But Brookes, Ramirez’s roommate for a year, said she was present one night when Kavanaugh participated in an event with his fraternity, Delta Kappa Epsilon. Brookes said she believes there was “no way” he remembered all of the behavior she observed that night, when fraternity brothers pushed pledges to get “ridiculously drunk” and do “ridiculous things.”
Brookes said she remembers seeing Kavanaugh outside the Sterling Memorial Library, wearing a superhero cape and an old leather football helmet and swaying, working to keep his balance.
He was ordered to hop on one foot, grab his crotch and approach her with a rhyme, Brookes said. He couldn’t keep balanced, she said, but belted out the rhyme she’s remembered to this day: “I’m a geek, I’m a geek, I’m a power tool. When I sing this song, I look like a fool.”
“It’s a funny, drunk college story that you remember — at least, I remember,” Brookes said. As she tracked his career over the years, and his rise in the federal court system, she said, “I thought it was so funny to think that’s the Brett who sang that song.”
The Post contacted Brookes and Swisher last week because they lived with Ramirez at different points during their undergraduate years. Neither returned calls or emails until Tuesday. Ramirez previously told neither of them about her allegation — she accuses him of exposing himself to her while both were drunk at a party — but Brookes and Swisher said they believe her account.
Years before his Supreme Court nomination, Kavanaugh acknowledged heavy drinking in a 2014 speech to the Yale Federalist Society. He recalled organizing a boozy trip for 30 of his Yale Law classmates to Boston for a baseball game and a night of barhopping, complete with “group chugs from a keg” and a return to campus by “falling out of the bus onto the steps of Yale Law School at about 4:45 a.m.”
According to his scripted remarks, he said: “Fortunately for all of us, we had a motto. What happens on the bus stays on the bus.”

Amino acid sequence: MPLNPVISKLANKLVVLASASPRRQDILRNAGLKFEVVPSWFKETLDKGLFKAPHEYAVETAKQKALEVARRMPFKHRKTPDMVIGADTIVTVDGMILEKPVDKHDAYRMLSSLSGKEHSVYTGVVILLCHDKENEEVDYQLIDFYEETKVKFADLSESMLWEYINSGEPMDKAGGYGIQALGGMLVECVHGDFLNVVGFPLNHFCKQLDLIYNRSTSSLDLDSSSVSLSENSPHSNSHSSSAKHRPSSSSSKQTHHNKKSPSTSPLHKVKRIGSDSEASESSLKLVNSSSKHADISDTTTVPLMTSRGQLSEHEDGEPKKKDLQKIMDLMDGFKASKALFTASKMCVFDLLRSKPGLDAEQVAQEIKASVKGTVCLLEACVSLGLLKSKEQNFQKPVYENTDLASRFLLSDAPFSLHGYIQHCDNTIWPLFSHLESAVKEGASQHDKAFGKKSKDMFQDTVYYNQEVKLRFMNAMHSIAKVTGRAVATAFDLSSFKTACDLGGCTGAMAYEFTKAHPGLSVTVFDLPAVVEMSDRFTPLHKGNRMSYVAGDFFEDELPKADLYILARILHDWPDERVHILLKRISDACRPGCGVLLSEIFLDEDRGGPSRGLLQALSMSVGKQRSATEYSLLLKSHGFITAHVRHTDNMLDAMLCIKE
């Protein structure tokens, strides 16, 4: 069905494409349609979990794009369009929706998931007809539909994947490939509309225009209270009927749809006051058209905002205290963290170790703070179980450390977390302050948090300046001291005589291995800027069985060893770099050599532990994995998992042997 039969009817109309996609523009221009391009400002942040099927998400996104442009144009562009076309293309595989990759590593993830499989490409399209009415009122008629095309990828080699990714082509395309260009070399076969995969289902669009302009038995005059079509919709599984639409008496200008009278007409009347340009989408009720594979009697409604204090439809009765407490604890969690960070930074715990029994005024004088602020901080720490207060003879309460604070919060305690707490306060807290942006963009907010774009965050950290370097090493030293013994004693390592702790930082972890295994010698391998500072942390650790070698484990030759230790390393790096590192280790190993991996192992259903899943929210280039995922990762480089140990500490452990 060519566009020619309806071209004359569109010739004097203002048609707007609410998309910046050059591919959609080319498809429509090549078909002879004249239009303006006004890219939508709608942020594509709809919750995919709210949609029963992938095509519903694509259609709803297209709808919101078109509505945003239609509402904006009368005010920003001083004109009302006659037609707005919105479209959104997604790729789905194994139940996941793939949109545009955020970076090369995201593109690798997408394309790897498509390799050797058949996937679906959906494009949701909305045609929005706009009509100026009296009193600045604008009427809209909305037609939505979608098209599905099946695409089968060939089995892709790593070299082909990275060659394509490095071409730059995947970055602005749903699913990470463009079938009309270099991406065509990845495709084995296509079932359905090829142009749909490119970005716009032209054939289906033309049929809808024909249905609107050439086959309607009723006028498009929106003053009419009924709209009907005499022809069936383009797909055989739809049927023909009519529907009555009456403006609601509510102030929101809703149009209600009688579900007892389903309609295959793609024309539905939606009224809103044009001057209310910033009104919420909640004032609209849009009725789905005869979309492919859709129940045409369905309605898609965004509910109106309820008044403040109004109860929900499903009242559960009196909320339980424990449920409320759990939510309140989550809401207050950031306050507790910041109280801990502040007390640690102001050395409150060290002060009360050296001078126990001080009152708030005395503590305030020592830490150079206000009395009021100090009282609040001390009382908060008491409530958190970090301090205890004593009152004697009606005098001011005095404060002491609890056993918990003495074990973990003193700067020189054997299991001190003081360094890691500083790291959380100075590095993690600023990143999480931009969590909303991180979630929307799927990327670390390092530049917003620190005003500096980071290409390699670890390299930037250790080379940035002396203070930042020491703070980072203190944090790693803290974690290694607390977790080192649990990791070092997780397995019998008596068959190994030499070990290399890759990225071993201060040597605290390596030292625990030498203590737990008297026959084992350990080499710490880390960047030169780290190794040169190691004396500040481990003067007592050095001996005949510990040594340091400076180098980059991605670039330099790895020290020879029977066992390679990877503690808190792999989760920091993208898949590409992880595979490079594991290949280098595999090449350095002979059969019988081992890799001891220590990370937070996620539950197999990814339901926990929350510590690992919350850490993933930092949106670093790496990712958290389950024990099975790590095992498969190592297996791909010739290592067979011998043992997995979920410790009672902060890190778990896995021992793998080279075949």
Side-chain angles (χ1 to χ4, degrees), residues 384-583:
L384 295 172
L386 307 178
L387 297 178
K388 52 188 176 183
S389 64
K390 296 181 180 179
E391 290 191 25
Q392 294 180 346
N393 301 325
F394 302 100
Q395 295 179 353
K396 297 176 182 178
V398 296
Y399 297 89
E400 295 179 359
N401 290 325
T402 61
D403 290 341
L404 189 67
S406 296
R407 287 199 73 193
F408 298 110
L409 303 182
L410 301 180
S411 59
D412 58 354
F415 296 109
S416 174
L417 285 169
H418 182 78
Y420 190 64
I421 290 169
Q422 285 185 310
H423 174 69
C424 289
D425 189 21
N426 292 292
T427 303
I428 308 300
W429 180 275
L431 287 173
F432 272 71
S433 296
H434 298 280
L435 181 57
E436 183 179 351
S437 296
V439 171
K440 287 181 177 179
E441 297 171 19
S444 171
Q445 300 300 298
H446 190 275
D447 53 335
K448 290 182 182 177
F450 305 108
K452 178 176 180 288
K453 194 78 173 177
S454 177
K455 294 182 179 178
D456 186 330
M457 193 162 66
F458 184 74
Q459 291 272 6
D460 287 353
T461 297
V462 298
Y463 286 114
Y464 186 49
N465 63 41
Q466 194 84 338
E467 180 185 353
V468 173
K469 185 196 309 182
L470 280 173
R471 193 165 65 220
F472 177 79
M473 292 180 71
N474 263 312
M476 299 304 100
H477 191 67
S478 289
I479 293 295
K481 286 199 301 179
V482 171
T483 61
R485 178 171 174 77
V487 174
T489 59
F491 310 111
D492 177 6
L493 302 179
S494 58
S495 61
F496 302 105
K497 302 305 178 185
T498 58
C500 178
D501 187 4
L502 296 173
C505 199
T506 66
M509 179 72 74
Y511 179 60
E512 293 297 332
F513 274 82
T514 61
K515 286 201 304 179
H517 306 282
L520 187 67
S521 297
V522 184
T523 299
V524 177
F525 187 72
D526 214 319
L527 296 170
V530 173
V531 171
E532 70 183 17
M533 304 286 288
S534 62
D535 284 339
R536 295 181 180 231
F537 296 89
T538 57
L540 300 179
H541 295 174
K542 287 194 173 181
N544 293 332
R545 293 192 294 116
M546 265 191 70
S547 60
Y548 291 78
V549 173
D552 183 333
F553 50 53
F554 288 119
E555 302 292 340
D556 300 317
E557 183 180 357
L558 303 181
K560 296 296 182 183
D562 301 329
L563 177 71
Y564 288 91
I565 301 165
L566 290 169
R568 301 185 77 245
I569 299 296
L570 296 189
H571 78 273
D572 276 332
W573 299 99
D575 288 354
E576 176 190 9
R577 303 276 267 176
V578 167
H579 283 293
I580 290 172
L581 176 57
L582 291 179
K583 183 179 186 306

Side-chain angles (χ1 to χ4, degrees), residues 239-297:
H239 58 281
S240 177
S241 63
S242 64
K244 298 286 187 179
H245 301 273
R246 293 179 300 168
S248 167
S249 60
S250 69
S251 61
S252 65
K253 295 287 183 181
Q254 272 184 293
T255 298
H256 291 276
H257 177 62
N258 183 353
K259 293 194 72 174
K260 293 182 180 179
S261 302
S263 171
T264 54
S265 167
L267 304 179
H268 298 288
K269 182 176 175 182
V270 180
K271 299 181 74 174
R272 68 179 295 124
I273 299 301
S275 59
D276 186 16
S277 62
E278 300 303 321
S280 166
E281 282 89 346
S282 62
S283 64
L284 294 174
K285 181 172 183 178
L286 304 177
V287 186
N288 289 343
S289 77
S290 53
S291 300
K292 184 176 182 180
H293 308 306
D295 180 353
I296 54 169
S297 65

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Another former classmate who has publicly supported Ramirez, James Roche, said Kavanaugh frequently drank to the point of incoherence. “He hung out with the football players and soccer players, and they drank a lot and were bros,” Roche, who briefly shared a room with Kavanaugh during their freshman year, said in an interview this month. In a statement Monday night, after the Fox interview, Roche described Kavanaugh as a “notably heavy drinker” who “became aggressive and belligerent when he was very drunk.”
Meanwhile, three Yale classmates who along with others endorsed Kavanaugh last month in a letter to the Judiciary Committee called Tuesday for an investigation into the sexual assault claims.
“The confirmation process should be conducted in a way that fosters trust in the process and the Supreme Court, and that seriously considers allegations of sexual violence,” Kent Sinclair, a political independent who practices law in Beverly, Mass., and Douglas Rutzen, a lawyer in Washington and registered Democrat, said in a joint statement.
Mark Osler, a former federal prosecutor and a professor at the University of St. Thomas School of Law in St. Paul, Minn., said in an interview that “the focus can’t just be on the accusers and trying to bring their veracity into question. The circumstances need to be probed.”
Amar, the professor, wrote Monday in the Yale Daily News that a probe would be the “best way forward.”
“If the investigation’s facts and findings support him, then he will join the Court in the sunshine and not under a cloud,” he wrote.
Kavanaugh hinted at his drinking in his 1983 Georgetown Prep yearbook entry. He identified himself as the “biggest contributor” to the Beach Week Ralph Club, an apparent reference to vomiting, and treasurer of the Keg City Club. “100 Kegs or Bust,” his entry says, referring to a campaign by his friends to empty 100 kegs of beer during their senior year.
The entry also made several references to women, including identifying Kavanaugh as a “Renate Alumnius.” The New York Times reported Monday that the phrase, also contained in other boys’ yearbook entries, was a reference to boasts of their alleged conquests involving a female student named Renate Schroeder from another high school.
“They were very disrespectful, at least verbally, with Renate,” Georgetown Prep graduate Sean Hagan told The Times. “I can’t express how disgusted I am with them, then and now.”
Walsh, Kavanaugh’s lawyer, told the Times that the nominee was friends with the woman, now Renate Dolphin, “admired her very much then, and he admires her to this day.” Walsh said the yearbook entry referred to a kiss they had shared after a high school event.
Dolphin did not respond to requests for comment. She told the Times she had never kissed Kavanaugh.
“I learned about these yearbook pages only a few days ago,” Dolphin told the Times. “I don’t know what ‘Renate Alumnus’ actually means. I can’t begin to comprehend what goes through the minds of 17-year-old boys who write such things, but the insinuation is horrible, hurtful and simply untrue. I pray their daughters are never treated this way.”
Alice Crites, Beth Reinhard, Elise Viebeck and Julie Tate contributed to this report.